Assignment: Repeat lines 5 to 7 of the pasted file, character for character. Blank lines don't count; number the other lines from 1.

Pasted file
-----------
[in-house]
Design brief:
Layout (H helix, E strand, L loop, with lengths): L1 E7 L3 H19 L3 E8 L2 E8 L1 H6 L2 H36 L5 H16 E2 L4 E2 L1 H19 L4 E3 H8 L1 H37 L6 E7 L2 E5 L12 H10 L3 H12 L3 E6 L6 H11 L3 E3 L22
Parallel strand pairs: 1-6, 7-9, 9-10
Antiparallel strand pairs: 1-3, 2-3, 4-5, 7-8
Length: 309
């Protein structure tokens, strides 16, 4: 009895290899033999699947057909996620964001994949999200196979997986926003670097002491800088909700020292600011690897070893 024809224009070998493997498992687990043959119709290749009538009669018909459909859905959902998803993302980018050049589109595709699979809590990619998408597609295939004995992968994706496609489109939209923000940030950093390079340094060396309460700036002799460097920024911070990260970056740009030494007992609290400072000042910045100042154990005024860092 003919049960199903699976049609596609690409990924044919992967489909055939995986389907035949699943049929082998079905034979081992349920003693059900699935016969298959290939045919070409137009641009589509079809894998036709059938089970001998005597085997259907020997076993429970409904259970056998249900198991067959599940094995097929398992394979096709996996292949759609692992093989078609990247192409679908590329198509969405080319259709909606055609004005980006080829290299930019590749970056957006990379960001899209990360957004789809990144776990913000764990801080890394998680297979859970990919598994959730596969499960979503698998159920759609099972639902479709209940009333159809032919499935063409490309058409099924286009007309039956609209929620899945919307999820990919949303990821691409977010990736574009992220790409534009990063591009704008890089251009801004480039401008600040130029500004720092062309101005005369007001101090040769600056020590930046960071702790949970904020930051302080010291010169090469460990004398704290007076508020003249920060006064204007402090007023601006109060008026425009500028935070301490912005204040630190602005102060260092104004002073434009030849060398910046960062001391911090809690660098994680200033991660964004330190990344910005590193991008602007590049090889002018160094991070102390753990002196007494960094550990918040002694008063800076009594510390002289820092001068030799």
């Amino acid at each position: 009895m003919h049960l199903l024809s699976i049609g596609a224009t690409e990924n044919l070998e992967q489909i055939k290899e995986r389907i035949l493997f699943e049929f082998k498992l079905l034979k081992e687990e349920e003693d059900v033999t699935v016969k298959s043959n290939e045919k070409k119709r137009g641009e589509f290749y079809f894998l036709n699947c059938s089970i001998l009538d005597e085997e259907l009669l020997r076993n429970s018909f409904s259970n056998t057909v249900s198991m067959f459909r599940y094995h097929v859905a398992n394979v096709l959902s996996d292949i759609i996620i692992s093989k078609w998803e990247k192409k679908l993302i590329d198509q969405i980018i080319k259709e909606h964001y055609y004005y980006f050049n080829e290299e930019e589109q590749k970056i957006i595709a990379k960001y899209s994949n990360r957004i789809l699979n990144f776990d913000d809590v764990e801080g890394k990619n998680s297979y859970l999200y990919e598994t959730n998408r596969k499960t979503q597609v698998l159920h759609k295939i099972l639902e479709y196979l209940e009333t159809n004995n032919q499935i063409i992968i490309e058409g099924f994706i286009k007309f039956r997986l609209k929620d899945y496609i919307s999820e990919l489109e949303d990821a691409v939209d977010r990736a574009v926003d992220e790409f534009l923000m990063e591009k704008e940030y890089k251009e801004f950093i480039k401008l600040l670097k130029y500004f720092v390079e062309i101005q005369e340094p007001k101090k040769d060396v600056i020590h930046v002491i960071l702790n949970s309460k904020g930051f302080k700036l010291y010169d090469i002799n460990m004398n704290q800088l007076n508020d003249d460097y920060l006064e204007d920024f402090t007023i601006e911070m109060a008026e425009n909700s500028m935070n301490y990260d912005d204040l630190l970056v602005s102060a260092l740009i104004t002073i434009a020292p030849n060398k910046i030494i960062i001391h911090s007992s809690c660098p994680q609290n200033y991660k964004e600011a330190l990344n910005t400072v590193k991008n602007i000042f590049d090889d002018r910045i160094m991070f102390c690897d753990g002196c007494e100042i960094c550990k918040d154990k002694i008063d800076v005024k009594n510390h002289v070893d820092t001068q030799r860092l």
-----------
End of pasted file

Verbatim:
Antiparallel strand pairs: 1-3, 2-3, 4-5, 7-8
Length: 309
């Protein structure tokens, strides 16, 4: 009895290899033999699947057909996620964001994949999200196979997986926003670097002491800088909700020292600011690897070893 024809224009070998493997498992687990043959119709290749009538009669018909459909859905959902998803993302980018050049589109595709699979809590990619998408597609295939004995992968994706496609489109939209923000940030950093390079340094060396309460700036002799460097920024911070990260970056740009030494007992609290400072000042910045100042154990005024860092 003919049960199903699976049609596609690409990924044919992967489909055939995986389907035949699943049929082998079905034979081992349920003693059900699935016969298959290939045919070409137009641009589509079809894998036709059938089970001998005597085997259907020997076993429970409904259970056998249900198991067959599940094995097929398992394979096709996996292949759609692992093989078609990247192409679908590329198509969405080319259709909606055609004005980006080829290299930019590749970056957006990379960001899209990360957004789809990144776990913000764990801080890394998680297979859970990919598994959730596969499960979503698998159920759609099972639902479709209940009333159809032919499935063409490309058409099924286009007309039956609209929620899945919307999820990919949303990821691409977010990736574009992220790409534009990063591009704008890089251009801004480039401008600040130029500004720092062309101005005369007001101090040769600056020590930046960071702790949970904020930051302080010291010169090469460990004398704290007076508020003249920060006064204007402090007023601006109060008026425009500028935070301490912005204040630190602005102060260092104004002073434009030849060398910046960062001391911090809690660098994680200033991660964004330190990344910005590193991008602007590049090889002018160094991070102390753990002196007494960094550990918040002694008063800076009594510390002289820092001068030799």